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by those who approve of the principles of liberty, whilst those, who most require instruction, will decline, through prejudice, to attend the meetings at all.

Let every centre, therefore, or head quarters of a Union carry on a manufacture of TRACTS. Brief, simple, and perspicuous let them be, embodying the facts of the hideous system. Once fully in possession of the facts, the common sense of the People will furnish the commentary."

We must refer our readers to the pamphlet for very capital specimens of these most serviceable Tracts. A few words on arming are also appended.

"It is necessary that the people be armed (and, more especially, defensively armoured)—whatever cost or inconvenience that arming may put them to. Whilst the people ought to cultivate a friendly understanding with the unfortunate and oppressed soldiery, it is also their duty to calculate against all chances.”—

Most earnestly do we entreat attention to the Tyne Chartist's concluding remarks, “ that the time has not yet arrived for 'Ulterior Measures’; that we are not, as yet, thoroughly prepared to assume the offensive ; that a twelve-months' compaign=positively moral, preparatory physical—is before us; that, in fine, by courting a collision just now, we may make a mighty sacrifice in the attainment of our rights, and, perhaps, miss them after all. Whereas, if the Convention dissolve not, but DISPERSE, and-supported as they now are supportedset vigorously to work over the United Kingdom, one year's uprousing would put the people in a position to safely, and, I believe, quietly settle the whole question.”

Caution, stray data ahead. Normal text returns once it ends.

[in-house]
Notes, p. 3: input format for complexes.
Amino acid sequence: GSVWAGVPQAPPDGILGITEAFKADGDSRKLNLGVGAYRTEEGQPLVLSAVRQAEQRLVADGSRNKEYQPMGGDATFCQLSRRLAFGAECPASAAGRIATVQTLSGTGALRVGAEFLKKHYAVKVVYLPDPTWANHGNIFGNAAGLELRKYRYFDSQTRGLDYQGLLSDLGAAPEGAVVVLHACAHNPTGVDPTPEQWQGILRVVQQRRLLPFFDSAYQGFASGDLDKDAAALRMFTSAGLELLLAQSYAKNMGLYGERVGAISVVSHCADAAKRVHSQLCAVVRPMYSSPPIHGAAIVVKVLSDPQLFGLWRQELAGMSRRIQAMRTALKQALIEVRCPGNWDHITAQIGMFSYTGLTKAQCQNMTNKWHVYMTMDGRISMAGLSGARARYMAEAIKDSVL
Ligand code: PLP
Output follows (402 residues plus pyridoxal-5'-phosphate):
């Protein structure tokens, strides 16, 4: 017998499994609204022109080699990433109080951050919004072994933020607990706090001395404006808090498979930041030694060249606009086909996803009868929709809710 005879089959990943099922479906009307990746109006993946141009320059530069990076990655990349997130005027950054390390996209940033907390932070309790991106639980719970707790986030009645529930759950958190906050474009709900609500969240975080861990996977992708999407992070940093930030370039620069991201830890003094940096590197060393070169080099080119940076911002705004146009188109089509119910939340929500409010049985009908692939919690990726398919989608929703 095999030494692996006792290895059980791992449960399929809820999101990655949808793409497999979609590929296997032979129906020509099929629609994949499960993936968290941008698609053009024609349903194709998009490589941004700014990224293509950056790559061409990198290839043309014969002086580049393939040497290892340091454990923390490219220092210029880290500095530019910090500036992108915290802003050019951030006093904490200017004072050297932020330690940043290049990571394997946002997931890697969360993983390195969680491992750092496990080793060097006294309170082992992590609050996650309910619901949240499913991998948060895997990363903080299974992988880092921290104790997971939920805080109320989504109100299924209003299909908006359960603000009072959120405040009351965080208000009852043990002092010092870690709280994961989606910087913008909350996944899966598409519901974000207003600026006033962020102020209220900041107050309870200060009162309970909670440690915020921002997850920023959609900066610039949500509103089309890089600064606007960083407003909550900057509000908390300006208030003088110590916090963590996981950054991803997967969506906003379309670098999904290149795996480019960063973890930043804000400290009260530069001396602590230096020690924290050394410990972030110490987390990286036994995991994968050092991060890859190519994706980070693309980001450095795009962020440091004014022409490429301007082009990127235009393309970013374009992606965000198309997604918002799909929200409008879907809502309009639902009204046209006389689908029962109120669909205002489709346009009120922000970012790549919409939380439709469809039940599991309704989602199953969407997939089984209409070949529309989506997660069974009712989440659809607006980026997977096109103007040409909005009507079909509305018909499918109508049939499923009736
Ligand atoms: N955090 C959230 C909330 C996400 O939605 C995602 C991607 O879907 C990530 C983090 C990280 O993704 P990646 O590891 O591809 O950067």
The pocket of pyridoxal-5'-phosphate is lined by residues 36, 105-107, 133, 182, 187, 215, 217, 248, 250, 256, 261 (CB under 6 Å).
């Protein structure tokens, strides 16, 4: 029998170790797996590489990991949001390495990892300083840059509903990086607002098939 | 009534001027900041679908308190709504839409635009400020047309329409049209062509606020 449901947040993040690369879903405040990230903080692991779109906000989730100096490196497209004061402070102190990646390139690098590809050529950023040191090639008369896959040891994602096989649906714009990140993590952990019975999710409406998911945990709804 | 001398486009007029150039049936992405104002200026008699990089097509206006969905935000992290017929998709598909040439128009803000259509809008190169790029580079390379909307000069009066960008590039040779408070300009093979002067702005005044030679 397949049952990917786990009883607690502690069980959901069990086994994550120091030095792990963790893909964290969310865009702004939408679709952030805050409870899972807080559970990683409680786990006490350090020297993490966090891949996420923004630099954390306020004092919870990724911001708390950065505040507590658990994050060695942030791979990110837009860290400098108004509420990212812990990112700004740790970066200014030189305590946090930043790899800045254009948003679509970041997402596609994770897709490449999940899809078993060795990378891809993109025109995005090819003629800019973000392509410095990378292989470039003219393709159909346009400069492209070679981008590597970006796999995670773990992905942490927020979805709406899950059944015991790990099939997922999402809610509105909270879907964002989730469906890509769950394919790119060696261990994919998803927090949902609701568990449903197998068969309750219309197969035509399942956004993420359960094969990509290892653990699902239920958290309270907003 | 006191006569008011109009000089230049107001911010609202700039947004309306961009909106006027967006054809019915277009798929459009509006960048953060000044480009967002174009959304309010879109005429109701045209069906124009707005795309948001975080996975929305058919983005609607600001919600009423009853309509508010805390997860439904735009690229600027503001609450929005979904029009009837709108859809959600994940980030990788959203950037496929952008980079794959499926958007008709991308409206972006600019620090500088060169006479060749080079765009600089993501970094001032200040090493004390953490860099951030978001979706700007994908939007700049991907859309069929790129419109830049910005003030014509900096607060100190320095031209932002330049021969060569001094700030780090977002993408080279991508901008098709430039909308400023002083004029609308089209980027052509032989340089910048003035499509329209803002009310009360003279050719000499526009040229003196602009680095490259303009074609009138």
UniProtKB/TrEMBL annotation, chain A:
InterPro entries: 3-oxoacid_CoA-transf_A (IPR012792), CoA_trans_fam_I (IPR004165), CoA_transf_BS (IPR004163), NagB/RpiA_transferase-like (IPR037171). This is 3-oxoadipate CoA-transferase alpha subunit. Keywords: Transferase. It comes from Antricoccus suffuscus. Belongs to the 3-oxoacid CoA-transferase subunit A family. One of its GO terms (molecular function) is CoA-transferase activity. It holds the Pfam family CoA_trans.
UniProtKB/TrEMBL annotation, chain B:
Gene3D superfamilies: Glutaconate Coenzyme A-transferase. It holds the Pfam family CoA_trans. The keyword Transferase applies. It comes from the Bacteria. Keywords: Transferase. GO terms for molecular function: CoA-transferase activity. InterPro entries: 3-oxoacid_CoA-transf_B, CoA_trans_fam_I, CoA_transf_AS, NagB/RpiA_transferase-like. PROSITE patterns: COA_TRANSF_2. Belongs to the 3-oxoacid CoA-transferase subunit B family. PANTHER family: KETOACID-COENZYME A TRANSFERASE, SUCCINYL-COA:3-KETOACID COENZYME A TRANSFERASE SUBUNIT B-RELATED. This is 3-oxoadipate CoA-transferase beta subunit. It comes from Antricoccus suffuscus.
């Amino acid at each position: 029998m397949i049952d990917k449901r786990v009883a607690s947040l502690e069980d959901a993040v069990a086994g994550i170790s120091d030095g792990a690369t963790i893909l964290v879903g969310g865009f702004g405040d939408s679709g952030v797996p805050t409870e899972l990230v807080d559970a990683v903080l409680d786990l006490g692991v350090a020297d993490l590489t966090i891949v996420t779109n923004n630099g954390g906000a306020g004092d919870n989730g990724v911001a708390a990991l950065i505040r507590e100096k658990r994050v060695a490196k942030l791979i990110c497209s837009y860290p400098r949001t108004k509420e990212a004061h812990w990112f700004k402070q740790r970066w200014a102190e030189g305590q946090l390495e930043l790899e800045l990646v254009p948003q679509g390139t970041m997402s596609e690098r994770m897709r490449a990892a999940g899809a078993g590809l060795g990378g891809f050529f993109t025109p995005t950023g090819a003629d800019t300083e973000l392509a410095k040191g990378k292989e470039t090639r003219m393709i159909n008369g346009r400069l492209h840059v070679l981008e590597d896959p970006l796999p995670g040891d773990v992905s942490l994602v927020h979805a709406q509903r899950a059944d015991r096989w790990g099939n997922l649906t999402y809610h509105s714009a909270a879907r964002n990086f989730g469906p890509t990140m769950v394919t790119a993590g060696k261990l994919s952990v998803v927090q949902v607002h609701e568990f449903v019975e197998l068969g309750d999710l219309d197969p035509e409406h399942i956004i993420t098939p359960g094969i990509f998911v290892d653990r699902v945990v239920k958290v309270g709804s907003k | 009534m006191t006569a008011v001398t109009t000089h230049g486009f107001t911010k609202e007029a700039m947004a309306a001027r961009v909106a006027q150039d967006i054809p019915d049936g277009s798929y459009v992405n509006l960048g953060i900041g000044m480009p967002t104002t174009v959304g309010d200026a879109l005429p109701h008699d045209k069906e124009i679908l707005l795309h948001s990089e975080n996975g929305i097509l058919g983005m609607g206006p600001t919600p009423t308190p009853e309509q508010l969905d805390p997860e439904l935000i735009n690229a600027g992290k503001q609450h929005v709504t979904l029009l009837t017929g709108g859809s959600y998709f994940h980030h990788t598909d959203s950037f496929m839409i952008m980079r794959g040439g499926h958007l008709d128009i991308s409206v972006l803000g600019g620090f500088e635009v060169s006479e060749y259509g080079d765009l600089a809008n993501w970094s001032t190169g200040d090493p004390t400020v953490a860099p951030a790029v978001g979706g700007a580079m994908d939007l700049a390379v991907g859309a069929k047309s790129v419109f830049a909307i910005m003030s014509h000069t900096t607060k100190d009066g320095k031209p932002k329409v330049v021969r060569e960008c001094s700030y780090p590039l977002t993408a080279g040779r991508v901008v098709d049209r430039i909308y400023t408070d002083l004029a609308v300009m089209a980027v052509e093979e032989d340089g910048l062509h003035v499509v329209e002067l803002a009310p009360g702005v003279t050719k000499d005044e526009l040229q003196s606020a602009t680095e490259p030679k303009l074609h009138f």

NOTES OF THE MONTH. The presentation of the National Petition is deferred, the British Senate having toiled so long, though to no purpose, that they are now holiday-making -no business pressing. Whether the Petition be presented, or not, matters little. Its rejection is not needed to prove that the Right of petitioning is a mere farce. The People's Parliament have transferred their sittings from London to Birmingham. We must think London their proper place. If the power

of the Masses is insufficient to support them here, they should“ dissolve, not DISPERSE" (having, indeed, accomplished their main object) to prepare the People for the future.-Already the impolicy of certain among us has given the throned Anarchs a plea for numerous arrests. Let us play a better game than was played by the brave men of Paris, last Sunday week. What is the use of 300, or 3000, or 30,000 undisciplined men without plans or proper union, taking up arms against a well-appointed army of 100,000? Let us at least endeavour to win the co-operation of these our brethren. Let us keep out of the reach of the Law till we have strength to wrestle with it. Why retard our noblest Cause, by an abortive attempt? We say this, not to discourage, but to warn. WE MUST NEGLECT NO MEANS. Everywhere combine! Mature your plans! Arm! Then let your voice be heard — Tyranny shall, for then it must, obey you.

We are well-pleased in correcting an error in our last “ Notes.” No new Act to suppress“ seditious” meetings was debated of by the Commons. But such an Act, now in force, contained a clause for the punishment of sellers of pamphlets not having the printer's name on both sides ; and it was the repeal of this absurd clause which was under consideration. Let credit be given for this act of justice, though it be tardy, though little reparation to those who have lost health through imprisonment for such law-made offences.-Less worthy of notice is the late downfall and replacing of the Whig Ministry, and the brief elevation of the Tories. What change? The spirit of both factions is the same. Yet it was hardly decent that a nation's government should depend upon the private partialities of an individual. But it is the mode. Ao People's will may be mocked at—a Queen's caprice is to be consulted.

May 25, 1839.